Mapping patterns of inequality in students’ access to mental health services in London


There has been a fivefold increase in the number of students declaring a mental health difficulty to their institution over the last decade, leaving student services struggling to meet demand. There is universal concern about the increasing prevalence of suicide and self-harm in this demographic group. It is likely that problems accessing appropriate mental health care are not borne equally across the student population in London, but this question has not yet been investigated.

This PhD project explored whether mental health services in London are meeting the needs of university students, and identifying whether service provision could be improved, and if so, how this might be done. Qualitative interviews with students and professionals were conducted, and data from a UK population cohort dataset was used to address this aim.


The evidence generated by our research will lead to a fundamental change in mental health policy at UCL.  This research including systematic review and peer support work, were submitted as evidence in response to a call to propose a new model and principles for organising mental health services at UCL. The policy will re-frame the problem to a population perspective, focusing service provision on prevention of mental disorders, by minimising distress/maximising mental wellbeing, to promote health across the population.

The outputs of this research are a series of recommendations and principles for service redesign. The proposal is now with senior leaders at UCL ahead of stakeholder engagement to test the policy.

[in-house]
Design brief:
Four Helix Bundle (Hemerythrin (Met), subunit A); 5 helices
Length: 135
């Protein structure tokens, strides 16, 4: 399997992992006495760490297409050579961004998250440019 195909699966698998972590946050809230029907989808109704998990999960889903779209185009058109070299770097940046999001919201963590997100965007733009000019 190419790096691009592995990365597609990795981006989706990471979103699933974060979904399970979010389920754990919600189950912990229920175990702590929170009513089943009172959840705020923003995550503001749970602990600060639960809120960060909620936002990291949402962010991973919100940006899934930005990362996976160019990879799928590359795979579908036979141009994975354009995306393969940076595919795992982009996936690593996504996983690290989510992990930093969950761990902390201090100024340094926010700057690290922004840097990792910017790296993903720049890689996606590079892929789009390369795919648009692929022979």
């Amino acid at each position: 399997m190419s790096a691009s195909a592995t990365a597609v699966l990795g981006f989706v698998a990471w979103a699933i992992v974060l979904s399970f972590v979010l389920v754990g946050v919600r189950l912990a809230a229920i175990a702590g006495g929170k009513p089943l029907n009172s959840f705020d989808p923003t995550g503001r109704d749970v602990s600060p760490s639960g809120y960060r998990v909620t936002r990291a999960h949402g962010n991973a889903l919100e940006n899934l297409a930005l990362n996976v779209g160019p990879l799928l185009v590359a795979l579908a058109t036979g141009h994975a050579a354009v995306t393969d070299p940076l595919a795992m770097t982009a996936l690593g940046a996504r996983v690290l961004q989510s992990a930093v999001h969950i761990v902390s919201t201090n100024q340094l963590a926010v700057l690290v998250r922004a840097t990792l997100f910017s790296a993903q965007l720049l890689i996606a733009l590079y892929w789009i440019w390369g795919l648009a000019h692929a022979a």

Our research examining development of a peer supporter role at UCL has informed ongoing scaling up of this role. We identified problems in early implementation of the role, relating to low uptake among students seeking support. Findings showed concept of peer support unclear to students, and effort involved in reaching intervention challenging. In current scaling-up, students themselves supported to lead development of role/service, and make decisions about entry points/availability of intervention/training provision. Peer supporter role now explicitly part of UCL’s policy, providing opportunity for role to be sustained over time.

Preliminary findings from all studies have been communicated via webinars to local NHS and university professionals, students at UCL, and via the UCL "Student Health and Wellbeing" Community of Practice. Peer support training has been provided to students at UCL as part of scaling up activities.

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